If you could use the hypervisors -- the hypervisor is in a separate trust domain. If you could use the hypervisor to both peer into the application to pull out meaningful context, like users and applications and what things are doing but also protect that visibility and provide protection and enforcement, you kind of have this optimal place, where you have both this visibility and context and the isolation.
And so this is kind of a major area that I'm looking into, because again, given the state of the security industry and if things go the way we are, we're going to be spending all our time and money on it, we do need something that will change the architecture and the way we view it. And I do pause it, and I'll stand behind this going forward, that what we're missing is we're missing a horizontal layer that we can provide meaningful security.
And so if I can build that out and we can build that out as a platform, new security services can snap on top of this to do things like, for example, next-generation firewalling with deep visibility in the end host, or maybe network access control that actually understands things like objects and people or meaningful policy or vulnerability assessment, where you're actually looking in and saying, there's this vulnerable piece of code, so I'm going to immediately remediate this.
I think that this actually cuts across many areas of security, and every time now I go through a new vertical in security -- so security always seems to be like a litany of stuff. It's kind of these different verticals that are loosely coupled. But if you look at data centre security, whether it's end host security, whether it's network access control, vulnerability assessment, whether it's IDS or IPS, all of them would be affected by something like this. All of them need better isolation and all of them need more context.
So if we can build out this layer or this Goldilocks zone, I think we can actually move security in very much the same way that we have moved networking over the past seven years. I mean, I dedicated my life to SDN, and I think that we have the same type of opportunity here.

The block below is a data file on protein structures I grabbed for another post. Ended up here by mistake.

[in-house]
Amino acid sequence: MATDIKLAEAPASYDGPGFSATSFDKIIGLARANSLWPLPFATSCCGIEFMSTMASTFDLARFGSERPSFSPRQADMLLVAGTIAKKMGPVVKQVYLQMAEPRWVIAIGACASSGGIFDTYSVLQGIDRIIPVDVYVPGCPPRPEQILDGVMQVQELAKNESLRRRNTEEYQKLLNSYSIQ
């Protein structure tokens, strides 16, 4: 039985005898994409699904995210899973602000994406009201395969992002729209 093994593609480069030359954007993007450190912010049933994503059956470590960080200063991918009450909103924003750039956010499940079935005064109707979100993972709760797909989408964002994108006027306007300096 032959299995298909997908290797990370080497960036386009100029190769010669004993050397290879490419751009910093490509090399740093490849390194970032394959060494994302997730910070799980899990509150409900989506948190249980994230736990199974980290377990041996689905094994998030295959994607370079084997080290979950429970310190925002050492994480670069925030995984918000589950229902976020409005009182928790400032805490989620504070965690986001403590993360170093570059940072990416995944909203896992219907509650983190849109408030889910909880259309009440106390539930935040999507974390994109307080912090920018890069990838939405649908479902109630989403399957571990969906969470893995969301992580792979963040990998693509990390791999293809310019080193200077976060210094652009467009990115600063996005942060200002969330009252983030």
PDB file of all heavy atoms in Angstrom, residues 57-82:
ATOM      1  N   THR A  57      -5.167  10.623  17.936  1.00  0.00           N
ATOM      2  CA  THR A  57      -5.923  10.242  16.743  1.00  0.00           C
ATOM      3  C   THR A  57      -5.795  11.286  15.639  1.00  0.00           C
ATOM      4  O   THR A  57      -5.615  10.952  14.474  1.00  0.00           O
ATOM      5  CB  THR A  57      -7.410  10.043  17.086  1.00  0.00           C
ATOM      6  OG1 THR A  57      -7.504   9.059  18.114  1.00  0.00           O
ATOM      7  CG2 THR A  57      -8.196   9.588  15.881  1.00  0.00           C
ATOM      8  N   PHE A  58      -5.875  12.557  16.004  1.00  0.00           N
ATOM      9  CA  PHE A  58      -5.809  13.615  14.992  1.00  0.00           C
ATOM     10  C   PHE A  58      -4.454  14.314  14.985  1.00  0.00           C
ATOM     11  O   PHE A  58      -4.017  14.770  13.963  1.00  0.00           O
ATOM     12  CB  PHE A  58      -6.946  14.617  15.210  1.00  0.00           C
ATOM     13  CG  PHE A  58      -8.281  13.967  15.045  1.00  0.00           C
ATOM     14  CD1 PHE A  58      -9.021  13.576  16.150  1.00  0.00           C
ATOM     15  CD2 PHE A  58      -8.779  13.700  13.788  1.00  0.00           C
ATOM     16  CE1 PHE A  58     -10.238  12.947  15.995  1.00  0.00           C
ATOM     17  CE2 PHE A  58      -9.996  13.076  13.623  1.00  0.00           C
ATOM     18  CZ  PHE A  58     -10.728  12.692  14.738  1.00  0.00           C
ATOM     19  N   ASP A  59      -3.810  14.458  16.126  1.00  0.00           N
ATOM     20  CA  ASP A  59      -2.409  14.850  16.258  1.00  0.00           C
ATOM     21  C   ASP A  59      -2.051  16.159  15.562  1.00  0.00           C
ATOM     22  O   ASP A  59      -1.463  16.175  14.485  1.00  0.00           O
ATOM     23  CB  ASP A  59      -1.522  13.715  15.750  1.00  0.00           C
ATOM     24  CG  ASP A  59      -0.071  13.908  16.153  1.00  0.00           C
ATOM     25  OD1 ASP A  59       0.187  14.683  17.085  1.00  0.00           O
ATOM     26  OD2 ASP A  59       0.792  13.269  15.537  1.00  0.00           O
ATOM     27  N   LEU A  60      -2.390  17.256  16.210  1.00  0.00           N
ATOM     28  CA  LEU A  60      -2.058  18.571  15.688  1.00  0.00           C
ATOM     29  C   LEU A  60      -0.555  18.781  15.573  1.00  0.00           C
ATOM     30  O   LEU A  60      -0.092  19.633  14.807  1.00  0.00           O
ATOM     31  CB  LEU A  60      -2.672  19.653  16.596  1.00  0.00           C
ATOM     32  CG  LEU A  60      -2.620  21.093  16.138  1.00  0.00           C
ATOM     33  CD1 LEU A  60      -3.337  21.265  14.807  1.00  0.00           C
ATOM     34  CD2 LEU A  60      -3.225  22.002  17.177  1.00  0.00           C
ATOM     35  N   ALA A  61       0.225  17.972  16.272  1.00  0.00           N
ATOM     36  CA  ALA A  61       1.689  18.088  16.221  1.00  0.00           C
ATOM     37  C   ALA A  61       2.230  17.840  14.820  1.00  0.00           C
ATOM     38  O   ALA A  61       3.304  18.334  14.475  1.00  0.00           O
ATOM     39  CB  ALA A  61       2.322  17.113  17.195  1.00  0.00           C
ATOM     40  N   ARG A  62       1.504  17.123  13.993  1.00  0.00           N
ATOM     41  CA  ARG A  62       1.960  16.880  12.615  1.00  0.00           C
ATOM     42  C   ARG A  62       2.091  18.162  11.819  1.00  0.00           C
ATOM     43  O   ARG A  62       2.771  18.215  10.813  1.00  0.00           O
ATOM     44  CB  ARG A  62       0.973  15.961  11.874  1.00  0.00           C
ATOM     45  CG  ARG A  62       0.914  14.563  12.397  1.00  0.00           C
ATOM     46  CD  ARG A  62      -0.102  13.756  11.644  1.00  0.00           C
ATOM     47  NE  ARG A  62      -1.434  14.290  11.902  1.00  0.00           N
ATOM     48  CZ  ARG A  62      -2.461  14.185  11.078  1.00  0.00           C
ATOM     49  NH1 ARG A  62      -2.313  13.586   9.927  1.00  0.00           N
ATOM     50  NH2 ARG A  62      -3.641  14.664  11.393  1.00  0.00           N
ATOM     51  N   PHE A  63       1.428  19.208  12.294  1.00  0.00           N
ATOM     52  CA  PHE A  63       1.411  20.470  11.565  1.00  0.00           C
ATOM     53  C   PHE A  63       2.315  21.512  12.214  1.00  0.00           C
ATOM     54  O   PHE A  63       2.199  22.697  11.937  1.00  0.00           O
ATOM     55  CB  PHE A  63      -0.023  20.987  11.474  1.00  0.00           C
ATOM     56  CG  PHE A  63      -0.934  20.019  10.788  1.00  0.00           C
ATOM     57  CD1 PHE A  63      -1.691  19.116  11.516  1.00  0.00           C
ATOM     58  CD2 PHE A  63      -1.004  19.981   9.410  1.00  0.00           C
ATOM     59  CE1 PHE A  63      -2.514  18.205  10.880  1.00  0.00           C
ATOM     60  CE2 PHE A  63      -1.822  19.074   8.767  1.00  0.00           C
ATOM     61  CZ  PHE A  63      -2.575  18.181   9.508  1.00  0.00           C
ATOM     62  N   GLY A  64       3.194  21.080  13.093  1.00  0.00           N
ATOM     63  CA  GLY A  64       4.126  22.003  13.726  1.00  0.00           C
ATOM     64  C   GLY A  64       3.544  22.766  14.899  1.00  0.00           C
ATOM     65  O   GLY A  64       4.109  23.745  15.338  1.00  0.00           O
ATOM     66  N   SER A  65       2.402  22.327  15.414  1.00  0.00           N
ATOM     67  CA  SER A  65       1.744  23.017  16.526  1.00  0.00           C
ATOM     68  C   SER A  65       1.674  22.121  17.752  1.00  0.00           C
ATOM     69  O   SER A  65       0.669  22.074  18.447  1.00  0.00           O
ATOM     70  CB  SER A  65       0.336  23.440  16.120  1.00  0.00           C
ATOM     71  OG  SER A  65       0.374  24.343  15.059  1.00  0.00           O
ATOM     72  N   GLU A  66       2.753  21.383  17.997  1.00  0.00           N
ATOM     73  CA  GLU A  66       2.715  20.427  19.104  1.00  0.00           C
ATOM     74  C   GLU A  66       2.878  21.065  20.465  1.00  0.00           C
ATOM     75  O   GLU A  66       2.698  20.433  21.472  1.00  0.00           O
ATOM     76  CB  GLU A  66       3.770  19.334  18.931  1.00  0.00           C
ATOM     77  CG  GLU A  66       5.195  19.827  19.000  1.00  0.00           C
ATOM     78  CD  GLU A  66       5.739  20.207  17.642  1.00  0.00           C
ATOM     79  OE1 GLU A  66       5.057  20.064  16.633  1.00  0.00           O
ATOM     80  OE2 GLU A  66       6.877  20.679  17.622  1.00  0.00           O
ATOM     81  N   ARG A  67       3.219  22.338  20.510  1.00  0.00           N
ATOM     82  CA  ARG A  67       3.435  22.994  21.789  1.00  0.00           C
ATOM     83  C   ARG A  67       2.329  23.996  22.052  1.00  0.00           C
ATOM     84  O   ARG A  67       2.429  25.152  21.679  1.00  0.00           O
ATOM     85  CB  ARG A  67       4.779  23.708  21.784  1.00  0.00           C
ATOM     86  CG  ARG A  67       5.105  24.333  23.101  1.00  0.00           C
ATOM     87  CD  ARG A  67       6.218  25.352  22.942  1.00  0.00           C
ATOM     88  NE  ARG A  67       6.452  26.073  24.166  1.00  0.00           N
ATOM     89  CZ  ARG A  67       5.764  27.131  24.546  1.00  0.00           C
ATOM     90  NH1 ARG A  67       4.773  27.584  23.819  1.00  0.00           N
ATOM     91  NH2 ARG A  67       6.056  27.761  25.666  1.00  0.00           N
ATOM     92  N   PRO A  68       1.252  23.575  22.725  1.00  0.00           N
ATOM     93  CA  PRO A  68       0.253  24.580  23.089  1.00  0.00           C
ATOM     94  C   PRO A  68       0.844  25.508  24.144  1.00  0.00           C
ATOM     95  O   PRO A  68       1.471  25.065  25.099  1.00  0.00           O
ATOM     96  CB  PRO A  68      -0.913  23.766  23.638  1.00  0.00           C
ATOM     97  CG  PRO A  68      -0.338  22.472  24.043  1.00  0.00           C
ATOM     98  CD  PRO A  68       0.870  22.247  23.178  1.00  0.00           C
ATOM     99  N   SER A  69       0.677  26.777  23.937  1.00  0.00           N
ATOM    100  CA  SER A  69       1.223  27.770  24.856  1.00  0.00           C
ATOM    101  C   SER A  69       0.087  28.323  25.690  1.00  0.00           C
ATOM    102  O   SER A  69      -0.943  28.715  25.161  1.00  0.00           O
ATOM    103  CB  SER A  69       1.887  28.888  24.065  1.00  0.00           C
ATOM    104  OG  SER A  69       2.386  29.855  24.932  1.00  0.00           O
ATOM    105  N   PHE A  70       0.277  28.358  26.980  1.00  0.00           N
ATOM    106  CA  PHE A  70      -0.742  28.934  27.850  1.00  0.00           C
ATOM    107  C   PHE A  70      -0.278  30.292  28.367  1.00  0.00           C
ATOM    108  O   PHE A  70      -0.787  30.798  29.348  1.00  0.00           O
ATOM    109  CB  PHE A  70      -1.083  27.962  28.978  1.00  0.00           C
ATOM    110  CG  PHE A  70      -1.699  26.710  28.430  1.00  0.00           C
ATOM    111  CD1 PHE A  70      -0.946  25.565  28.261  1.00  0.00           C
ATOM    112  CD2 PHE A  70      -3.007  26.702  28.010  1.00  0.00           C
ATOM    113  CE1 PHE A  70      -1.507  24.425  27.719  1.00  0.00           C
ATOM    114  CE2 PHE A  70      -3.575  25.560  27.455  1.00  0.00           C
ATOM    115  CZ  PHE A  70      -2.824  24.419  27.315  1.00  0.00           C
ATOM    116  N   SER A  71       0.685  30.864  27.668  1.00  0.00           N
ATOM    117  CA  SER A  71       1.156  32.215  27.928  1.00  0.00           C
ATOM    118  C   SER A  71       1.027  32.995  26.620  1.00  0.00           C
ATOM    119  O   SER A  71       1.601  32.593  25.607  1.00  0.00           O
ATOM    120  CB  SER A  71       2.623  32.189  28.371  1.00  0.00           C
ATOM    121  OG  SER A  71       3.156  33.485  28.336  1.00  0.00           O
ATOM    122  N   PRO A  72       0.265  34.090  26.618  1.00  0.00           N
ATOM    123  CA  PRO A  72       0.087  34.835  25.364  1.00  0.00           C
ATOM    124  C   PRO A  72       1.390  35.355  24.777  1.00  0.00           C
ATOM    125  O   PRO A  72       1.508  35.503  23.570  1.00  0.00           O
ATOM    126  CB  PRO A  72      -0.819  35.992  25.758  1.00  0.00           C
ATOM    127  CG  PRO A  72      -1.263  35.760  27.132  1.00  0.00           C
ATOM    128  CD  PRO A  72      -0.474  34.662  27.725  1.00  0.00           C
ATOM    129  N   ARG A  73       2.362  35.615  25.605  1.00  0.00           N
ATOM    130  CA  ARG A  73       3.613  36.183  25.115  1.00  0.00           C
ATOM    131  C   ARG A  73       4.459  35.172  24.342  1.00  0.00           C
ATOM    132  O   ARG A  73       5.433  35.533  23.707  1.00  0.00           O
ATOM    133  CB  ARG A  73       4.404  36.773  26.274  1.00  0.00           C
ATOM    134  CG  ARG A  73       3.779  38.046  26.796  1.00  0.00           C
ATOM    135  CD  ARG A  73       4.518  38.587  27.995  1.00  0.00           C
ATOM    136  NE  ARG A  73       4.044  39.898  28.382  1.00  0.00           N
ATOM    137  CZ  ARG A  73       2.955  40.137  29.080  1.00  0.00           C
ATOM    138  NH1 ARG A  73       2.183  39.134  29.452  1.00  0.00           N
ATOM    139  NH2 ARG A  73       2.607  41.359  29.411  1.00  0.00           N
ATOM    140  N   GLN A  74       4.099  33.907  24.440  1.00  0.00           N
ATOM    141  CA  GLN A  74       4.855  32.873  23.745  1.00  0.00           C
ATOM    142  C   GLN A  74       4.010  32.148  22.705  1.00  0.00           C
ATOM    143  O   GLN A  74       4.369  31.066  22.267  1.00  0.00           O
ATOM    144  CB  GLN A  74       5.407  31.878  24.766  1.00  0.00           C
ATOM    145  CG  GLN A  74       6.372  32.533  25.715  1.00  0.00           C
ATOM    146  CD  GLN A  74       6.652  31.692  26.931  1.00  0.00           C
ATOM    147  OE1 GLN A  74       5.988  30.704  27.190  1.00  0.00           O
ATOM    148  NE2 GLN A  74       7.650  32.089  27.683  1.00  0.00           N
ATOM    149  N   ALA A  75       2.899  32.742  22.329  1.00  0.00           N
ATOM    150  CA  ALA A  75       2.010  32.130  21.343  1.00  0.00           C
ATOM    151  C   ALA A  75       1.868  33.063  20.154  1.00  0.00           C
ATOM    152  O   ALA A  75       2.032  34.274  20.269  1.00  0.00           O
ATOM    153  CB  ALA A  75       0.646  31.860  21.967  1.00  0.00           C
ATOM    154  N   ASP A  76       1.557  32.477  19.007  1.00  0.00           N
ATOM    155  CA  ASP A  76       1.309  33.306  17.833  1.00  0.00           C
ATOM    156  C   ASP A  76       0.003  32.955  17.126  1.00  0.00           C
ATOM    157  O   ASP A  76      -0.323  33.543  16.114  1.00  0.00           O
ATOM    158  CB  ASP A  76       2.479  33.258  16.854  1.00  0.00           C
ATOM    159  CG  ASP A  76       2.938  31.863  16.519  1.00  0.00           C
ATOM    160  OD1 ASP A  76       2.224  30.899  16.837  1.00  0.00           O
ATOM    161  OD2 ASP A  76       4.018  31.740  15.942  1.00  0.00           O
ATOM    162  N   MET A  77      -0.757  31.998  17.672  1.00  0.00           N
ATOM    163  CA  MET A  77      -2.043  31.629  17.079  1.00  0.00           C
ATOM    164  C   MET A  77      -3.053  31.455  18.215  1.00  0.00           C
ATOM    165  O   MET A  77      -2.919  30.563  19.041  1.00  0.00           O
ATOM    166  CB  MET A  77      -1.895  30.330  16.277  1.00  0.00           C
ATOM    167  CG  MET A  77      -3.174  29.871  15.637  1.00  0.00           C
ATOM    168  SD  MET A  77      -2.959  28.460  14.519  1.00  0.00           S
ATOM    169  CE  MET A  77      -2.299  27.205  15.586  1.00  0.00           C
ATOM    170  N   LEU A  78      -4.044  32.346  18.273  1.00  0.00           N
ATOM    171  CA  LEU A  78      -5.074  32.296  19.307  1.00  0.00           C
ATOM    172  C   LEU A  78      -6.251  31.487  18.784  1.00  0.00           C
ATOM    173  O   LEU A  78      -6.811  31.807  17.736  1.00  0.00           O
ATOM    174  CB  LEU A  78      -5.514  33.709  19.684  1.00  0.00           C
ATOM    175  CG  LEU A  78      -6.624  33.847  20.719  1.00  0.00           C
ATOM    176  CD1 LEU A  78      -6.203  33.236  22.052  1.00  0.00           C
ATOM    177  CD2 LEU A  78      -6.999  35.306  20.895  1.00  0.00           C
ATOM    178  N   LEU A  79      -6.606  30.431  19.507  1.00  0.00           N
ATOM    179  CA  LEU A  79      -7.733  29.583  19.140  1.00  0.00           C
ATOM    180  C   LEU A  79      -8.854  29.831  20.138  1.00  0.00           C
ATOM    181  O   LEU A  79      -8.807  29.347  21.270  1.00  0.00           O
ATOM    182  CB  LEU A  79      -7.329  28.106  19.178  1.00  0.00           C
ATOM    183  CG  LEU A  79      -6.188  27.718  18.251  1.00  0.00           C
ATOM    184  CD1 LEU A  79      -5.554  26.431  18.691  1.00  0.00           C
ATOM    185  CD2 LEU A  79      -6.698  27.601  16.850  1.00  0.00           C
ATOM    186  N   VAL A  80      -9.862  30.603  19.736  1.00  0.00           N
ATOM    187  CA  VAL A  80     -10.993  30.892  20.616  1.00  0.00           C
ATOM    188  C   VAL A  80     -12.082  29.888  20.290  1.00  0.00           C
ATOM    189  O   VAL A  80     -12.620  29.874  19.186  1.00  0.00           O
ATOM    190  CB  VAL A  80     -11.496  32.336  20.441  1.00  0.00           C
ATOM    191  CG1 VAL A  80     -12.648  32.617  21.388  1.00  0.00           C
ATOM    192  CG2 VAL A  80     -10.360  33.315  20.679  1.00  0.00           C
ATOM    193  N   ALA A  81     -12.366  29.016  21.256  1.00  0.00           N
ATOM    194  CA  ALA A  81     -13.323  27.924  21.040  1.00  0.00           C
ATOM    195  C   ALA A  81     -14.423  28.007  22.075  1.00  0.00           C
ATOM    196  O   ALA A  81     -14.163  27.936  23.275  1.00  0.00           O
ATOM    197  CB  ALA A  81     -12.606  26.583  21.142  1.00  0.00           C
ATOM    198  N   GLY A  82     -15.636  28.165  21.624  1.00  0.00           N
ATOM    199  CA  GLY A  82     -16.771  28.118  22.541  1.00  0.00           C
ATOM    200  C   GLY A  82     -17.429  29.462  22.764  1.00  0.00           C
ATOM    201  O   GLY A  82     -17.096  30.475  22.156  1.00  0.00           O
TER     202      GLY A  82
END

And so I'm going to leave you with this. Compute changes -- the model of computing changes very rarely, right? Mainframe, client server, and from client server we're going to cloud. And I think we're seeing shifts happen in the network architecture, and I think that's great and I think this is happening, but I think this is like the one time, sort of the once in a wave opportunity, as we're redefining these new architectures, to actually build security in as a primitive, as a fundamental primitive. So we have a root of trust. So you have a horizontal security layer that you can build rich systems on top of.
So I'm very excited to continue to participate in this. So that's it for the talk, but I appreciate you guys listening. Thanks.

Manek Dubash – Editorial Director, NetEvents
Let's go take a seat. I'd now like to invite the founder of Infonetics, the well-known and well-established analysis and research company to come and give him a hard time.

Michael Howard - Co-Founder & Principal Analyst, Infonetics Research
Thank you. I'm the co-founder. It took two. I just wanted to say that for my co-founder's benefit. So, Martin, we've known each other for a little while, so 3.5 years ago, a friend of mine in the industry, Alan Cohen, gave me a call. He had been in a wireless startup, Cisco bought them. He stayed at Cisco for a few years, then he said, I've done it. I'm going to retire.
So he called me up and he said, I've been retired for a year, because frankly, networks are boring to me. However, something new showed up. He said, I want you to come over and meet this new company. It was in stealth mode at the time, called Nicira. And so I walked in, and here's Martin. I said, ah, you invented OpenFlow. Great going. He said, no. No? No, we solved an operational problem. Aha, right. So who cares about a protocol? A protocol is a means, but where's the value? The value is in what you do with it. And here we've heard the answers to one of my questions about what's next after SDNs or with SDNs? It's security.
So I wanted to find out, Martin, what -- I always like to, when I meet famous people, is who are you? Really, so what do you do in your spare time? Do you have any spare time, and what's your life like? You were at NSA or some spook organisation, and then you went to Stanford, got a PhD, found some interesting projects, invented something new, did a startup company, got bought by a bigger company for $1.3 billion. I see you wear really nice clothes now, but what other differences has it made in your life?

Martin Casado
I want to let you know, my tailor is actually pretty cheap. So I think my entire life is either traveling or being a single dad. So outside of that, I'm either with a 3.5-year-old at some park somewhere or I'm in an airplane traveling for work.